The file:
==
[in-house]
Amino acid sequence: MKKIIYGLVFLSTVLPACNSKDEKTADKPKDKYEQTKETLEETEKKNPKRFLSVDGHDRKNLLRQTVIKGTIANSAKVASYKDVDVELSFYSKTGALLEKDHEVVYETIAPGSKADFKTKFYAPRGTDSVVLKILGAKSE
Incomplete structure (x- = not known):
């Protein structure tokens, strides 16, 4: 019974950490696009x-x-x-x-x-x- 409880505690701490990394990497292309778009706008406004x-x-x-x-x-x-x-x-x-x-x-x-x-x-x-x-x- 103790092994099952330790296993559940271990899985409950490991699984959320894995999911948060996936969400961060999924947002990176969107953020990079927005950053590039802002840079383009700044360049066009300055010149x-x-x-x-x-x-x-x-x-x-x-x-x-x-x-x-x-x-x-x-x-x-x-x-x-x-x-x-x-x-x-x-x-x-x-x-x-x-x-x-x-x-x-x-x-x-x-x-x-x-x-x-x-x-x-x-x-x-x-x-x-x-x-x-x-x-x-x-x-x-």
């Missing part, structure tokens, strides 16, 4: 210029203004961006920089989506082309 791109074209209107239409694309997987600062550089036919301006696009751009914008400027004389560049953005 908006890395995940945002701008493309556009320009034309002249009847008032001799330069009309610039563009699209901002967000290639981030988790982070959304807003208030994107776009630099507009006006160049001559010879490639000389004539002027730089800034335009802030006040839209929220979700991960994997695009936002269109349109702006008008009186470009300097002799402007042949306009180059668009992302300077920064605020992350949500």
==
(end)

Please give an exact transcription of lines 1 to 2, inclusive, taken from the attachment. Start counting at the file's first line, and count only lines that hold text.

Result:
[in-house]
Amino acid sequence: MKKIIYGLVFLSTVLPACNSKDEKTADKPKDKYEQTKETLEETEKKNPKRFLSVDGHDRKNLLRQTVIKGTIANSAKVASYKDVDVELSFYSKTGALLEKDHEVVYETIAPGSKADFKTKFYAPRGTDSVVLKILGAKSE